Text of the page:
curious and interesting data, are apt to claim it as their own, and to pride themselves upon it accordingly.
I have no wish to speak lightly of the merits of this so-called Natural or, more properly, Physical Theology. There are a great many minds so constituted that, when they turn their thoughts to the question of the existence of a Supreme Being, they feel a comfort in resting the proof mainly or solely on the Argument of Design which the Universe furnishes. To them this science of Physical Theology is of high importance. Again, this science exhibits, in great prominence and distinctness, three of the more elementary notions which the human reason attaches to the idea of a Supreme Being, that is, three of His simplest attributes, Power, Wisdom, and Goodness.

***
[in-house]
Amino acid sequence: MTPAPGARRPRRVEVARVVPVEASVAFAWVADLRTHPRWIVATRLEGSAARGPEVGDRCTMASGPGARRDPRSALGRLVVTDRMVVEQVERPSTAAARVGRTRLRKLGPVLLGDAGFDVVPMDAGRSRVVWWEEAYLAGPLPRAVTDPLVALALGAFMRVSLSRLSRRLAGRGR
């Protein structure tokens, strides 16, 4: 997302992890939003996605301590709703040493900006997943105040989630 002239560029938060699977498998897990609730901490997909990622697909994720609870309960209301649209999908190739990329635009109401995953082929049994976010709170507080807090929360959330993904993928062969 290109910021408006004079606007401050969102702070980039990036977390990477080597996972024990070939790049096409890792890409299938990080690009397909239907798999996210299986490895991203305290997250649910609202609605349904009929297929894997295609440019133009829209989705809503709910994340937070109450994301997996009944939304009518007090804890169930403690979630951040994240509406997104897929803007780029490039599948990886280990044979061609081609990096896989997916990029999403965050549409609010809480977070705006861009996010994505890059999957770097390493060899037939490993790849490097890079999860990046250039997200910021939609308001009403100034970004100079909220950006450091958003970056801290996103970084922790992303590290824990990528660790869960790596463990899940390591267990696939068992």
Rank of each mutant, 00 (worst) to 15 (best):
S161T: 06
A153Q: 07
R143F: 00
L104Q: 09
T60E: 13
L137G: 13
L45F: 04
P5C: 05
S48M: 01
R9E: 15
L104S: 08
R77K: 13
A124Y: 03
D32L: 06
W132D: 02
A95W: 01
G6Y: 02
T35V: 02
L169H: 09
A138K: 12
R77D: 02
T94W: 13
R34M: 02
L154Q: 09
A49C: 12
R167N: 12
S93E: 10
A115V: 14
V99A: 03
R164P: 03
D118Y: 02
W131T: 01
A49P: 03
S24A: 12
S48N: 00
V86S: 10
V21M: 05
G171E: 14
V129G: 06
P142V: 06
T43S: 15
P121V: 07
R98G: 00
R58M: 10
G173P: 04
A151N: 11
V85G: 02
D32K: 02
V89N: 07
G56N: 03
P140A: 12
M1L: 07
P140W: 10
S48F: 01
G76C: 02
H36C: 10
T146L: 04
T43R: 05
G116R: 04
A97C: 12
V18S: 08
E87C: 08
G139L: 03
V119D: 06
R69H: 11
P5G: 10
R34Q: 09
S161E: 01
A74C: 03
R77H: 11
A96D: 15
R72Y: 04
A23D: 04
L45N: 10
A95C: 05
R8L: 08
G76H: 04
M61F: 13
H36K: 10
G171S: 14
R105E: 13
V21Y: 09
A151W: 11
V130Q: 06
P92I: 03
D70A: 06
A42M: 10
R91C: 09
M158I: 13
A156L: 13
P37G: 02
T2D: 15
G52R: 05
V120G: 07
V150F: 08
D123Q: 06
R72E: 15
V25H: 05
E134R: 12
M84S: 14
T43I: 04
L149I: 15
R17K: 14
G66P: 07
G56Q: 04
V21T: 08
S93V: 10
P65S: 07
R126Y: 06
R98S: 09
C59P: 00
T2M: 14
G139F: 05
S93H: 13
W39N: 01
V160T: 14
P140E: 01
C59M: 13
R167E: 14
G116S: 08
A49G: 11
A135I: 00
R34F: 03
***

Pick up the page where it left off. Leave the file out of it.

These are great services rendered to faith by Physical Theology, and I acknowledge them as such. Whether, however, Faith on that account owes any great deal to